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USDA's SECD Response Found To Be Lackluster

The U.S. Government Accountability Office (GAO) is not impressed with the way the USDA responded to the 2013 Swine Enteric Coronavirus Disease (SECD) outbreaks. The GAO was asked to review the SECD outbreaks and the USDA’s efforts to help. The USDA didn’t take regulatory action after the organization learned of the outbreaks, it only supported the safety efforts the swine industry took on its own. 

On top of that, USDA officials have admitted that the organization didn’t follow its guidance that requires investigating the onset of outbreaks. Because of that lack of initial research, the SECD source will most likely never be known.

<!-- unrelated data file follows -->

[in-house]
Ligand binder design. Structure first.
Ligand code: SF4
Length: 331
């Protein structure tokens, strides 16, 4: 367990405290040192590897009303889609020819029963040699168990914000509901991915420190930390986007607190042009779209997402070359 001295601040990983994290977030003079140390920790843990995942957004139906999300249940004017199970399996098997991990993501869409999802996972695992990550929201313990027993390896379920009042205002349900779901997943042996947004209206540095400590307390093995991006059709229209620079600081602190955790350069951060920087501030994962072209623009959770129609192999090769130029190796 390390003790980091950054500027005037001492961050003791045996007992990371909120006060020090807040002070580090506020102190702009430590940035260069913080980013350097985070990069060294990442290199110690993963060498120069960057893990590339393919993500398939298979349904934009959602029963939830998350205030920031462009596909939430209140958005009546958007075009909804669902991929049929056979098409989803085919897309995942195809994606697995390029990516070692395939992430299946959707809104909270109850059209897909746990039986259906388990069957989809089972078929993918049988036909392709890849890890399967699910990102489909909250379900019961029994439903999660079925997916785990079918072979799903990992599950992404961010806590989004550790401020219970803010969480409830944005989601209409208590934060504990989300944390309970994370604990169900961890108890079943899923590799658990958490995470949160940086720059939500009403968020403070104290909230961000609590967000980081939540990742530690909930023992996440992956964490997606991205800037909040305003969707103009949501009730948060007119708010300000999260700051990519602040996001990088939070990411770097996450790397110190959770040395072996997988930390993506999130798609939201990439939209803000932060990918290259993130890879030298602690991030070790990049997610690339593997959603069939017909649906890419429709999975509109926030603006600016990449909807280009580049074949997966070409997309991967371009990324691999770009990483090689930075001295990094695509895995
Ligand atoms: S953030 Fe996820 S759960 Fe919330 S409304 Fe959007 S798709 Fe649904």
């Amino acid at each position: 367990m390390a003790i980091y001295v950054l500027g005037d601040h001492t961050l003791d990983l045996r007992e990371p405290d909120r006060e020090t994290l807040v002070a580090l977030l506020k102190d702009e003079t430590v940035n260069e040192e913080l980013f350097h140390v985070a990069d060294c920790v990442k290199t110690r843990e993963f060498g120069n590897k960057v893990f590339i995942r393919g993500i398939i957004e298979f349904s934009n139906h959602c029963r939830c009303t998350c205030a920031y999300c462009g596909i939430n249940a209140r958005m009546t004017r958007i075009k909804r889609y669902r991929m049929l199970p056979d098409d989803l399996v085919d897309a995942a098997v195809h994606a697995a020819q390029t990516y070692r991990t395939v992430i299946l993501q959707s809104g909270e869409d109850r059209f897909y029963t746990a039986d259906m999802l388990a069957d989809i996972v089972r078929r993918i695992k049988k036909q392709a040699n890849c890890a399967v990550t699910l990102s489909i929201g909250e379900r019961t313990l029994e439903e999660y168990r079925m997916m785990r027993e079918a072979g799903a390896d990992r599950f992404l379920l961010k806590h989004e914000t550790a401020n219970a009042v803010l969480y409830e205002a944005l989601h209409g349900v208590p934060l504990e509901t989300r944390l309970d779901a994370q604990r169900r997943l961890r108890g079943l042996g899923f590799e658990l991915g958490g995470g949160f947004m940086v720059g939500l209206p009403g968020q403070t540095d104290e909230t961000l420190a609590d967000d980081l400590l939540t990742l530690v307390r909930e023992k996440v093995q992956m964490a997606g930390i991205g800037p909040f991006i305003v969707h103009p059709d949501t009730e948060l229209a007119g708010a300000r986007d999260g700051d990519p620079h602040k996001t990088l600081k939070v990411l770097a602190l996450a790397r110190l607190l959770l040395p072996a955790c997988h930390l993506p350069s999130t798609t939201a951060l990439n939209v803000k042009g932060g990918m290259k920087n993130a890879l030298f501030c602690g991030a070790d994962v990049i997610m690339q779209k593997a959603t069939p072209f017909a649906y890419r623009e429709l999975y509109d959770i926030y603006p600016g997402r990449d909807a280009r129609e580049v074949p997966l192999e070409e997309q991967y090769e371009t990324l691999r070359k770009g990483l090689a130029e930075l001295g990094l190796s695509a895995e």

In June 2014, more than a year after an SECD outbreak was detected (May 2013), the USDA took action with a federal order requiring reporting of newly infected herds. After taking that initiative, the USDA obtained more quality information about the amount of animals affected and where SECD was most prominent. That research helped the USDA confirm SECD existence in 28 states. 

The USDA has drafted new guidance for future threatening animal diseases, but has yet to define its specific roles and responsibilities. 

To see the GAO's full report, click here.

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